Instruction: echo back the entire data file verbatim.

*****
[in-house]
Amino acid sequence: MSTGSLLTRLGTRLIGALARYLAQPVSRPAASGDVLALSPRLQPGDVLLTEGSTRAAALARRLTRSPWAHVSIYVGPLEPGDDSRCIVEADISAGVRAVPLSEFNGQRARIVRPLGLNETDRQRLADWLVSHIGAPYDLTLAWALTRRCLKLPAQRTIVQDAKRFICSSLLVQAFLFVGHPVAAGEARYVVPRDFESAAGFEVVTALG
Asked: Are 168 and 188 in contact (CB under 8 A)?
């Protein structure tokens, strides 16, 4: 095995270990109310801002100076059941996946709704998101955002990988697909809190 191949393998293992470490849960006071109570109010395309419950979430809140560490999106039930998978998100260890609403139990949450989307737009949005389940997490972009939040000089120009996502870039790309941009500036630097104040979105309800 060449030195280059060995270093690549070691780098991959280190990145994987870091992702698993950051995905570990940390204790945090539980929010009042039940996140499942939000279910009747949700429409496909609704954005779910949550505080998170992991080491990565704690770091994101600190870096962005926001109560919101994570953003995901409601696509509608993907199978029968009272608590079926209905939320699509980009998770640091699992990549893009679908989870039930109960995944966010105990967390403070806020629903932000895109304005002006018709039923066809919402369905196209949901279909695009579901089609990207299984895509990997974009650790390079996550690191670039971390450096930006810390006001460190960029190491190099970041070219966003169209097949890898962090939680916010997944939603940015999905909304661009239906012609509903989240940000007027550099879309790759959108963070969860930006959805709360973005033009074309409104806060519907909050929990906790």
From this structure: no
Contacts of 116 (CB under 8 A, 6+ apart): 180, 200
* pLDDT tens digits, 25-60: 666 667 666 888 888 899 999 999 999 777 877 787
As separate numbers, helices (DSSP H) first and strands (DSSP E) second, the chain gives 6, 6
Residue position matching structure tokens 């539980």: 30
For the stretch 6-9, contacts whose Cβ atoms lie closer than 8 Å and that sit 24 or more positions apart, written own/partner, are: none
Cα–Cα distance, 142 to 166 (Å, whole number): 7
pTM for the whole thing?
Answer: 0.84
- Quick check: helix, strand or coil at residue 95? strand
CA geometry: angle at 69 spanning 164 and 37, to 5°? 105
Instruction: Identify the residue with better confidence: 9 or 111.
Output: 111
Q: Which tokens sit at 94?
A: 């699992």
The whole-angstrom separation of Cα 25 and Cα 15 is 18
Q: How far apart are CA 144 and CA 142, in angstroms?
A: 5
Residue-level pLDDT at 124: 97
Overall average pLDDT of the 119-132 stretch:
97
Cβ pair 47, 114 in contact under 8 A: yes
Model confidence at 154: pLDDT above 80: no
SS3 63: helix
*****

[in-house]
Amino acid sequence: MSTGSLLTRLGTRLIGALARYLAQPVSRPAASGDVLALSPRLQPGDVLLTEGSTRAAALARRLTRSPWAHVSIYVGPLEPGDDSRCIVEADISAGVRAVPLSEFNGQRARIVRPLGLNETDRQRLADWLVSHIGAPYDLTLAWALTRRCLKLPAQRTIVQDAKRFICSSLLVQAFLFVGHPVAAGEARYVVPRDFESAAGFEVVTALG
Asked: Are 168 and 188 in contact (CB under 8 A)?
């Protein structure tokens, strides 16, 4: 095995270990109310801002100076059941996946709704998101955002990988697909809190 191949393998293992470490849960006071109570109010395309419950979430809140560490999106039930998978998100260890609403139990949450989307737009949005389940997490972009939040000089120009996502870039790309941009500036630097104040979105309800 060449030195280059060995270093690549070691780098991959280190990145994987870091992702698993950051995905570990940390204790945090539980929010009042039940996140499942939000279910009747949700429409496909609704954005779910949550505080998170992991080491990565704690770091994101600190870096962005926001109560919101994570953003995901409601696509509608993907199978029968009272608590079926209905939320699509980009998770640091699992990549893009679908989870039930109960995944966010105990967390403070806020629903932000895109304005002006018709039923066809919402369905196209949901279909695009579901089609990207299984895509990997974009650790390079996550690191670039971390450096930006810390006001460190960029190491190099970041070219966003169209097949890898962090939680916010997944939603940015999905909304661009239906012609509903989240940000007027550099879309790759959108963070969860930006959805709360973005033009074309409104806060519907909050929990906790």
From this structure: no
Contacts of 116 (CB under 8 A, 6+ apart): 180, 200
* pLDDT tens digits, 25-60: 666 667 666 888 888 899 999 999 999 777 877 787
As separate numbers, helices (DSSP H) first and strands (DSSP E) second, the chain gives 6, 6
Residue position matching structure tokens 């539980």: 30
For the stretch 6-9, contacts whose Cβ atoms lie closer than 8 Å and that sit 24 or more positions apart, written own/partner, are: none
Cα–Cα distance, 142 to 166 (Å, whole number): 7
pTM for the whole thing?
Answer: 0.84
- Quick check: helix, strand or coil at residue 95? strand
CA geometry: angle at 69 spanning 164 and 37, to 5°? 105
Instruction: Identify the residue with better confidence: 9 or 111.
Output: 111
Q: Which tokens sit at 94?
A: 């699992």
The whole-angstrom separation of Cα 25 and Cα 15 is 18
Q: How far apart are CA 144 and CA 142, in angstroms?
A: 5
Residue-level pLDDT at 124: 97
Overall average pLDDT of the 119-132 stretch:
97
Cβ pair 47, 114 in contact under 8 A: yes
Model confidence at 154: pLDDT above 80: no
SS3 63: helix